Minister: oil, gas prices soar because of the EU sanctions
It has been a fundamental mistake by Brussels to extend EU sanctions to include energy because prices started to soar as a result, the prime minister’s chief of staff said in a debate at a conference on Saturday.
Gergely Gulyás participated at a debate with Ferenc Gelencsér, the leader of opposition Momentum, at the annually-organised Tranzit festival in Tihany, at Lake Balaton, in western Hungary. Concerning the issue of the safety of energy supplies, Gulyás said the Hungarian state had purchased crude oil and natural gas at fixed prices. “The price to be paid for oil was about 21 dollars until April, and the price of gas was also fixed, around a tenth of today’s price,” Gulyás said. But after the EU extended the sanctions to the energy sector, energy prices began to go up, he said, calling the measure “a fundamental mistake”.
Gulyás said that looking at prices in international markets on Friday “it would cost more than 330,000 forints (EUR 807) to purchase electricity and gas at market prices”. But thanks to the government’s utility cap scheme, electricity and gas cost a combined 25,000 forints to each household which means that each household receives 300,000 forint support per month, he said.
Gelencsér responded saying that well before the April general election it could be predicted that the price of gas would start to soar in international markets. “Even though the government knew that it would phase out the utility cap scheme, it did not tell the truth, in order to win the election.” The Momentum leader also criticised the government for its decision to buy a stake in Vodafone “in the current difficult economic situation”.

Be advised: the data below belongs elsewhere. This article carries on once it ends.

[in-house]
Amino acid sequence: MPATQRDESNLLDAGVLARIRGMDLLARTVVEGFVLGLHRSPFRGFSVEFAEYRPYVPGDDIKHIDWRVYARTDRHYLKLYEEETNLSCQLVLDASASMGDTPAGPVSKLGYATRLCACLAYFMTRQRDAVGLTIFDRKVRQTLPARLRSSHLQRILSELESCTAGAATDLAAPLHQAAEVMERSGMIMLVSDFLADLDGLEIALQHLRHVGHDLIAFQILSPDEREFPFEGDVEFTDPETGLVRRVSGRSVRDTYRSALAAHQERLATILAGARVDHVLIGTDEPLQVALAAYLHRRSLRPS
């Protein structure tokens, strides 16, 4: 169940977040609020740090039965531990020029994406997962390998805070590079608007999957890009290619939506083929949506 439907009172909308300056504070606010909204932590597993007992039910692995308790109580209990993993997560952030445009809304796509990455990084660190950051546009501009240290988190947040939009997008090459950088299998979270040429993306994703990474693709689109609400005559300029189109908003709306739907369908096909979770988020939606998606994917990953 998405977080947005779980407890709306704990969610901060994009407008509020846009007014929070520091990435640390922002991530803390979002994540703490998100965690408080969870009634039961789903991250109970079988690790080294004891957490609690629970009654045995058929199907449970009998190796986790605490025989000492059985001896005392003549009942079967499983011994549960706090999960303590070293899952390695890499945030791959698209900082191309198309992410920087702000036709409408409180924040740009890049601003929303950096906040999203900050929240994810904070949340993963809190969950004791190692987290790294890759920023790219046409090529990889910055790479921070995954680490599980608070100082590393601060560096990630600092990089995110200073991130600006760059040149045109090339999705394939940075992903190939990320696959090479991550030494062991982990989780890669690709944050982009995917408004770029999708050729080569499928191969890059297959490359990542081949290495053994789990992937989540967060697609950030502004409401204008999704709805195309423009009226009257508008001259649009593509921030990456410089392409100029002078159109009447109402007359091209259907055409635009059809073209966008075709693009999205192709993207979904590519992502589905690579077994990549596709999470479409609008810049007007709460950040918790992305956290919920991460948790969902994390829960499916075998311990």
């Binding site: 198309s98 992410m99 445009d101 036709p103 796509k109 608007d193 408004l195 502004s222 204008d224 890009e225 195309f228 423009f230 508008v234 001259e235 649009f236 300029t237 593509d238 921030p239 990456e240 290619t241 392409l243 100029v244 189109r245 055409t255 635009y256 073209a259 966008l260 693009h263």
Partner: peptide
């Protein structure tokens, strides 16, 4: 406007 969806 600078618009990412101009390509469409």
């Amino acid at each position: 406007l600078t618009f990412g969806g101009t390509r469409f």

Gulyás said in response that what had to be assesed was whether it was a good investment or not and whether it was the right objective to ensure that the Hungarian state should have a stake of at least 50 percent in the banking, energy and media sectors. Asked about soaring food prices, Gulyás said that thanks to payments being made by oil and gas company Mol and banks, the government has been able to set up a fund for protecting the cap on utility bills. He recommended to Momentum to amend its programme which Gulyás said contained “tax increases in many areas”.
Gelencsér responded saying that tax hikes resulted in higher prices, as reflected by food prices. “The solution is therefore not to increase taxes,” he said. On the topic of teachers’ wages, Gulyás said the government’s first move was to increase them in 2010, to a level getting close to the average wage for degree holders. At the same time, he said it was a legitimate demand by teachers to get another pay rise. As a result, the government has promised that teachers’ wages will reach 80 percent of the average wage for degree holders by 2027, he added.
Gulyás said that MEPs of the Momentum party were getting a five million forints net monthly pay while they were making every effort to prevent Hungary from getting access to EU funds. “If this changed, we could certainly move forward,” he said and asked for Momentum’s help.
Gelencser said the government was citing national sovereignty as the root cause for its every move and it is now waiting for help from Brussels it has been attacking for 12 years. As to what the opposition would do, he said they had been calling for a compromise with the EU for many years. Gulyás said Hungary was not waiting for help but to get the resources that it is entitled to. The operative programme submitted to the EU covers wage increase for health-care workers and teachers, he added.
In response to criticism of fast-track legislation, he said that in the US, the increase of the federal debt rate was approved in a matter of hours and decisions were made about thousands of billions within a few hours. Hungary has clear and detailed regulations in what areas can such procedures applied, he added.
Gelencsér said that in 2010, he had voted for Fidesz but now believes that the party has entirely monopolised the concept of the nation. Gulyás asked in response whether one’s home country could be in opposition. “We are all part of the nation even if some members of the opposition make a lot of effort to question this from time to time,” he added.